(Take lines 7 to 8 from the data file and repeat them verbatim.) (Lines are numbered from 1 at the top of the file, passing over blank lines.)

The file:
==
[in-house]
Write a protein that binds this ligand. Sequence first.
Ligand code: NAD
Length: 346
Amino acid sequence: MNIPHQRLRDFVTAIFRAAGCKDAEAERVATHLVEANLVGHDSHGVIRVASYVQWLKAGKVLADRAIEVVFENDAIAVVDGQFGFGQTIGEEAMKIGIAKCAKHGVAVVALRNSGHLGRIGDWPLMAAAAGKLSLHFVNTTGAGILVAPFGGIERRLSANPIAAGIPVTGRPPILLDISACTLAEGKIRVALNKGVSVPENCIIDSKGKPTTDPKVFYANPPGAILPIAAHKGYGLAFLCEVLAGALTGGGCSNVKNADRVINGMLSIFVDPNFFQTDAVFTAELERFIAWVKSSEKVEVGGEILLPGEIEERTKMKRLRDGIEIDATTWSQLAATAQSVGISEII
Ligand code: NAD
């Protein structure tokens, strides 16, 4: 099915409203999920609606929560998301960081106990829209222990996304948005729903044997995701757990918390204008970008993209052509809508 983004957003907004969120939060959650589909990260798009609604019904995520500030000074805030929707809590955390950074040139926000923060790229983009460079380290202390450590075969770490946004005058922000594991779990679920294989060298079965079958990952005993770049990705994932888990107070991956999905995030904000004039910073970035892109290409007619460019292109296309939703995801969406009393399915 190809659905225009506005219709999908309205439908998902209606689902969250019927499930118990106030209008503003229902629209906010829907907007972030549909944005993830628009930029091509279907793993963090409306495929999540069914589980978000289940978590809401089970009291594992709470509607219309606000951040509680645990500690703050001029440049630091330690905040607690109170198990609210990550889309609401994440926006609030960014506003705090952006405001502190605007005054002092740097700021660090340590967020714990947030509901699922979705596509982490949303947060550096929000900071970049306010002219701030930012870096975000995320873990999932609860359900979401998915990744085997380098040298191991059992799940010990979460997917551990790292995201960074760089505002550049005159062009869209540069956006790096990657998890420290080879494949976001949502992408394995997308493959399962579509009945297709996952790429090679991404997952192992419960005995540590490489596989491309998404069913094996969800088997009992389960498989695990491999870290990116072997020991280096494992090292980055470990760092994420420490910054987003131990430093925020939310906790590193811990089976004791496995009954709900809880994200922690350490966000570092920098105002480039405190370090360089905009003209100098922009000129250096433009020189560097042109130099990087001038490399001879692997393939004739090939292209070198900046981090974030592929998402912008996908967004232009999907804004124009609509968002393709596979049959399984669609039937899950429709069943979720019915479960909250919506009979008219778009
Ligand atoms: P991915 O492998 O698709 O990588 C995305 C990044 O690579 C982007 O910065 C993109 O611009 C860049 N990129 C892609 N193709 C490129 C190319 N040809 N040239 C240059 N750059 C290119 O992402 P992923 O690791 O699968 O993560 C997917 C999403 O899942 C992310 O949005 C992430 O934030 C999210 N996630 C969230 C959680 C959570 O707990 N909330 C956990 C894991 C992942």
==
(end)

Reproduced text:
């Protein structure tokens, strides 16, 4: 099915409203999920609606929560998301960081106990829209222990996304948005729903044997995701757990918390204008970008993209052509809508 983004957003907004969120939060959650589909990260798009609604019904995520500030000074805030929707809590955390950074040139926000923060790229983009460079380290202390450590075969770490946004005058922000594991779990679920294989060298079965079958990952005993770049990705994932888990107070991956999905995030904000004039910073970035892109290409007619460019292109296309939703995801969406009393399915 190809659905225009506005219709999908309205439908998902209606689902969250019927499930118990106030209008503003229902629209906010829907907007972030549909944005993830628009930029091509279907793993963090409306495929999540069914589980978000289940978590809401089970009291594992709470509607219309606000951040509680645990500690703050001029440049630091330690905040607690109170198990609210990550889309609401994440926006609030960014506003705090952006405001502190605007005054002092740097700021660090340590967020714990947030509901699922979705596509982490949303947060550096929000900071970049306010002219701030930012870096975000995320873990999932609860359900979401998915990744085997380098040298191991059992799940010990979460997917551990790292995201960074760089505002550049005159062009869209540069956006790096990657998890420290080879494949976001949502992408394995997308493959399962579509009945297709996952790429090679991404997952192992419960005995540590490489596989491309998404069913094996969800088997009992389960498989695990491999870290990116072997020991280096494992090292980055470990760092994420420490910054987003131990430093925020939310906790590193811990089976004791496995009954709900809880994200922690350490966000570092920098105002480039405190370090360089905009003209100098922009000129250096433009020189560097042109130099990087001038490399001879692997393939004739090939292209070198900046981090974030592929998402912008996908967004232009999907804004124009609509968002393709596979049959399984669609039937899950429709069943979720019915479960909250919506009979008219778009
Ligand atoms: P991915 O492998 O698709 O990588 C995305 C990044 O690579 C982007 O910065 C993109 O611009 C860049 N990129 C892609 N193709 C490129 C190319 N040809 N040239 C240059 N750059 C290119 O992402 P992923 O690791 O699968 O993560 C997917 C999403 O899942 C992310 O949005 C992430 O934030 C999210 N996630 C969230 C959680 C959570 O707990 N909330 C956990 C894991 C992942």